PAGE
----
Vladimir Putin: You know, we have a good book called The Twelve Chairs and there is a line in it: “Come visit us, my old mother will be very happy. But he did not leave his address.”

The time must be ripe. We said from the very start that this notorious commission of Mr Mueller will not find anything because nobody knows this better than us. Russia has not interfered in any elections in the United States. This is the first point.

Second, there was no collusion between Trump and Russia, which is what Mr Mueller was looking for. I was not acquainted with Mr Trump. Yes, he came to Moscow but as a businessman and, frankly speaking, this was not a big event for us. This is sheer nonsense designed exclusively for domestic consumption and used in the internal politics of the US.

So we knew a mountain was being made out of a molehill, so to speak, because we knew how it would end beforehand. I was telling you this the whole time. Now it has come to pass, but it did not make the domestic political situation in the US any easier. Now new excuses are being sought to attack President Trump.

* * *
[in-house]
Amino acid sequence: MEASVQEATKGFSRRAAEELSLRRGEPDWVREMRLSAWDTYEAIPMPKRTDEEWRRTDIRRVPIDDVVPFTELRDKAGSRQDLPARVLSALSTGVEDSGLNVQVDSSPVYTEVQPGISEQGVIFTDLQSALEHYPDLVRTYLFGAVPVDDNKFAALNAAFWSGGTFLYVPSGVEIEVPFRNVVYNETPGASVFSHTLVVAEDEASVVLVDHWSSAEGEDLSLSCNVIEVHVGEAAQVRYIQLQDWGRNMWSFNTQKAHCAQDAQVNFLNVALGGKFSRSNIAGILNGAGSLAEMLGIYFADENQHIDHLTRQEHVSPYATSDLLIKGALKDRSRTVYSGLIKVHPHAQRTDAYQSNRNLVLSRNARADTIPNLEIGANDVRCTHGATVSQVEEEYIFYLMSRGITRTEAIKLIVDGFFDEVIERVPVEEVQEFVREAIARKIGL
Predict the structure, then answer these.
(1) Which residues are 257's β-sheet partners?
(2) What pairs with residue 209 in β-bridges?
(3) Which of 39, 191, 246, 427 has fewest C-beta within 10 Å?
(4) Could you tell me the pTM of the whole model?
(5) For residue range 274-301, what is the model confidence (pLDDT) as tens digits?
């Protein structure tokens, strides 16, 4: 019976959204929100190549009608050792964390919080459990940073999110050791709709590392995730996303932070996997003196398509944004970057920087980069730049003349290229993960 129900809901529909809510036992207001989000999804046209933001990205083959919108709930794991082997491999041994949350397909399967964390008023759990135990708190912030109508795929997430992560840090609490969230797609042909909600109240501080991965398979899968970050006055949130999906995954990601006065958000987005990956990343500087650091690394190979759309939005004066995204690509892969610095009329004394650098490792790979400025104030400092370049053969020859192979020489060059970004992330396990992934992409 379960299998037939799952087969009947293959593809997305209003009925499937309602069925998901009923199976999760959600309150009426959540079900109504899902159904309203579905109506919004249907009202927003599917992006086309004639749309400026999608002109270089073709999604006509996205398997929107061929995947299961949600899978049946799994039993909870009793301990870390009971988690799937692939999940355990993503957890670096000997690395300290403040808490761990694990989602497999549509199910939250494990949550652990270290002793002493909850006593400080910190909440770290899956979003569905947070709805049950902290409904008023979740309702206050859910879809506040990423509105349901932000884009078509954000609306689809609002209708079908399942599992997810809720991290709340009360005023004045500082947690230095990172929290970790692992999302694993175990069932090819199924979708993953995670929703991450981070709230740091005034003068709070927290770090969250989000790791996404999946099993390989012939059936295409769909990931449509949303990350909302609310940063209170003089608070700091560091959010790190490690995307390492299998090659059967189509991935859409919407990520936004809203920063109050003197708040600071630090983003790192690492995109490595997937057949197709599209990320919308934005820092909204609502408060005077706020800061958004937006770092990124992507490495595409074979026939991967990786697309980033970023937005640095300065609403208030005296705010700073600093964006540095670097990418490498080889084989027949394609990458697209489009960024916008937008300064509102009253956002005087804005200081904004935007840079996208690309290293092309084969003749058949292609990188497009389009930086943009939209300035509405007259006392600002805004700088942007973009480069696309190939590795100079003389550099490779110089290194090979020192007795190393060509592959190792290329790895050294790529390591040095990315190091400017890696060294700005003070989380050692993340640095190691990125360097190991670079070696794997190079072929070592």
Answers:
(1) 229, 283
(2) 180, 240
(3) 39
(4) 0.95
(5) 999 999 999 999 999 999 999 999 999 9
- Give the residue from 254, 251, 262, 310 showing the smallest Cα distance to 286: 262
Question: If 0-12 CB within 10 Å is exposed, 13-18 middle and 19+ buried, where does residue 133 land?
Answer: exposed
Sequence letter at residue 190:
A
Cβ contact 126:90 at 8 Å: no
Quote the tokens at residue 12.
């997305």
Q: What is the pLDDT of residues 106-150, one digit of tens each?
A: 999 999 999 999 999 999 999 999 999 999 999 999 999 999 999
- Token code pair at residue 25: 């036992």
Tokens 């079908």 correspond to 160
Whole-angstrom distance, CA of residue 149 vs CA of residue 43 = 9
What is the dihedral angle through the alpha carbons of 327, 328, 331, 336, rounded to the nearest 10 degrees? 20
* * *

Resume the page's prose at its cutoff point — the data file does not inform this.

It seems to me (excuse the digression) that this points to something of a crisis in the US political system itself. Look at what is happening. The groups that are attacking the duly elected President do not agree with the choice made by the American people. They are nullifying the result.

This amounts to a crisis of the political system. We have never seen anything like this in US history before. Yes, there may be a fierce campaign but once a nominee wins, everyone accept it. This was always the case and all people united around the head of state to meet common national challenges. We are not seeing anything of the kind in the US now. On the contrary, the rift is deepening.

Do you understand what happened? They put their group or party interests above the national interest. This is what happened.